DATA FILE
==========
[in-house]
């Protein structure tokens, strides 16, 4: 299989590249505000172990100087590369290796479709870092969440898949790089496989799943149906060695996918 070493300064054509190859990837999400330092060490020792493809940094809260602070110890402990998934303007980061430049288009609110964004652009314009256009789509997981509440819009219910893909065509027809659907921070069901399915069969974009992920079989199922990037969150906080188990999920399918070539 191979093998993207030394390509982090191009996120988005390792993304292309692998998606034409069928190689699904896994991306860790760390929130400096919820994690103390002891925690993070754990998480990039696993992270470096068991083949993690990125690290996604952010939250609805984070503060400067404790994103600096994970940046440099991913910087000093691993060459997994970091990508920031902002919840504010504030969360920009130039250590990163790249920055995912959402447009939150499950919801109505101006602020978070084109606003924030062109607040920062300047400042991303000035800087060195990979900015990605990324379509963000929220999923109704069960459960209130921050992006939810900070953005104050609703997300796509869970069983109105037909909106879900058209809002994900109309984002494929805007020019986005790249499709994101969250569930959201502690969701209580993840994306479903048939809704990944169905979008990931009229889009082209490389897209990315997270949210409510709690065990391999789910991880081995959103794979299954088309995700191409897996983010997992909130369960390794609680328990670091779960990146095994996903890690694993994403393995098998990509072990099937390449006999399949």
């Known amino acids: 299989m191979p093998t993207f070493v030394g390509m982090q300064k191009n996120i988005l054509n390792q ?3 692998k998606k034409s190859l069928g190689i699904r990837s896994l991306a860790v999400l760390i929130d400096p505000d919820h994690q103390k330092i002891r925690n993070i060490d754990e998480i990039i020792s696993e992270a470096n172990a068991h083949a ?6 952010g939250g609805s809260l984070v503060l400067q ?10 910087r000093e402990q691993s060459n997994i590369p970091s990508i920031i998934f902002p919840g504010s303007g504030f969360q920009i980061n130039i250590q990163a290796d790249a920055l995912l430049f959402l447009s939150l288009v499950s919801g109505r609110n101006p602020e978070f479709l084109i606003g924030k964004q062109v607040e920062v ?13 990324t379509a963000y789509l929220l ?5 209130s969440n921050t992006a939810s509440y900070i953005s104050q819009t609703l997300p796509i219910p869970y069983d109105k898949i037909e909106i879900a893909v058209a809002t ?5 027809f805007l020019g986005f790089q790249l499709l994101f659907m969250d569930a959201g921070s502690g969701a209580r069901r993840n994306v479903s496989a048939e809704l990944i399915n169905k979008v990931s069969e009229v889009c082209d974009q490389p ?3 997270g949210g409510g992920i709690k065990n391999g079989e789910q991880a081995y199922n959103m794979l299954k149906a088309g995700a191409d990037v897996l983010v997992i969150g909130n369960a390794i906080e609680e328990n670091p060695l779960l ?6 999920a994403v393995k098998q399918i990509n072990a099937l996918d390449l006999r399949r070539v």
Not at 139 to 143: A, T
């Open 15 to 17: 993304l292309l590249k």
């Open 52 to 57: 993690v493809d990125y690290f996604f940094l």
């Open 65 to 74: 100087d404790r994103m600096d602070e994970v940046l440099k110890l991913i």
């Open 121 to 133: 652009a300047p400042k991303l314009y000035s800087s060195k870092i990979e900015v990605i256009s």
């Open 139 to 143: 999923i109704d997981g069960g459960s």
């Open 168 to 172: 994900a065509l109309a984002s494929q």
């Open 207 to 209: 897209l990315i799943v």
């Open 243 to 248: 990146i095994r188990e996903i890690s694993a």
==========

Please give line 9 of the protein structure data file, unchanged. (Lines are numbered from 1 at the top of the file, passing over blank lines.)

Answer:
């Open 139 to 143: 999923i109704d997981g069960g459960s």